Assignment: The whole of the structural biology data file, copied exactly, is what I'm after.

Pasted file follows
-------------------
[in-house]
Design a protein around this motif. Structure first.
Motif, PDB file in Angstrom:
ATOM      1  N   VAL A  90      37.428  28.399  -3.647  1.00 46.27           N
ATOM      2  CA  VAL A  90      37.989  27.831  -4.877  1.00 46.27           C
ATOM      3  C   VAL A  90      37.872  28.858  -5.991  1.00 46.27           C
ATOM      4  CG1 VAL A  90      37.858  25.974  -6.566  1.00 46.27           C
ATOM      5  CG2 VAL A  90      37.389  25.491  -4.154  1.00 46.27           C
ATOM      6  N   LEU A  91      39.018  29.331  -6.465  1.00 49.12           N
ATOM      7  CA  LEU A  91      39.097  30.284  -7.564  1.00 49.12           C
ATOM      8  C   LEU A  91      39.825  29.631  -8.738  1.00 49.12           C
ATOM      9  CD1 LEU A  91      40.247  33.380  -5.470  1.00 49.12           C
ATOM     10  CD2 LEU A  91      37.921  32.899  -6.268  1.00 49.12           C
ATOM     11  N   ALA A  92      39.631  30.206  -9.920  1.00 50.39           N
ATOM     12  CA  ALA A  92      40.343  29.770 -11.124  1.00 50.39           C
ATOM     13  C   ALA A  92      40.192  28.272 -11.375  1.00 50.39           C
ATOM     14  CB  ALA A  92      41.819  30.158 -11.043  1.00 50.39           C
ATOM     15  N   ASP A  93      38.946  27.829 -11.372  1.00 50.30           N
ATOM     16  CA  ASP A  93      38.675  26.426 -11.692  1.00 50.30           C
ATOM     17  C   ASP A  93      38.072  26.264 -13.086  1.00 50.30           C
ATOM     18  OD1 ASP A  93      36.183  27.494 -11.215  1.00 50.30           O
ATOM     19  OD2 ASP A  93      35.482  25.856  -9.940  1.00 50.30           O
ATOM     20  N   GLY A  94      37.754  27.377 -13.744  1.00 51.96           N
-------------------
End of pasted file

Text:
[in-house]
Design a protein around this motif. Structure first.
Motif, PDB file in Angstrom:
ATOM      1  N   VAL A  90      37.428  28.399  -3.647  1.00 46.27           N
ATOM      2  CA  VAL A  90      37.989  27.831  -4.877  1.00 46.27           C
ATOM      3  C   VAL A  90      37.872  28.858  -5.991  1.00 46.27           C
ATOM      4  CG1 VAL A  90      37.858  25.974  -6.566  1.00 46.27           C
ATOM      5  CG2 VAL A  90      37.389  25.491  -4.154  1.00 46.27           C
ATOM      6  N   LEU A  91      39.018  29.331  -6.465  1.00 49.12           N
ATOM      7  CA  LEU A  91      39.097  30.284  -7.564  1.00 49.12           C
ATOM      8  C   LEU A  91      39.825  29.631  -8.738  1.00 49.12           C
ATOM      9  CD1 LEU A  91      40.247  33.380  -5.470  1.00 49.12           C
ATOM     10  CD2 LEU A  91      37.921  32.899  -6.268  1.00 49.12           C
ATOM     11  N   ALA A  92      39.631  30.206  -9.920  1.00 50.39           N
ATOM     12  CA  ALA A  92      40.343  29.770 -11.124  1.00 50.39           C
ATOM     13  C   ALA A  92      40.192  28.272 -11.375  1.00 50.39           C
ATOM     14  CB  ALA A  92      41.819  30.158 -11.043  1.00 50.39           C
ATOM     15  N   ASP A  93      38.946  27.829 -11.372  1.00 50.30           N
ATOM     16  CA  ASP A  93      38.675  26.426 -11.692  1.00 50.30           C
ATOM     17  C   ASP A  93      38.072  26.264 -13.086  1.00 50.30           C
ATOM     18  OD1 ASP A  93      36.183  27.494 -11.215  1.00 50.30           O
ATOM     19  OD2 ASP A  93      35.482  25.856  -9.940  1.00 50.30           O
ATOM     20  N   GLY A  94      37.754  27.377 -13.744  1.00 51.96           N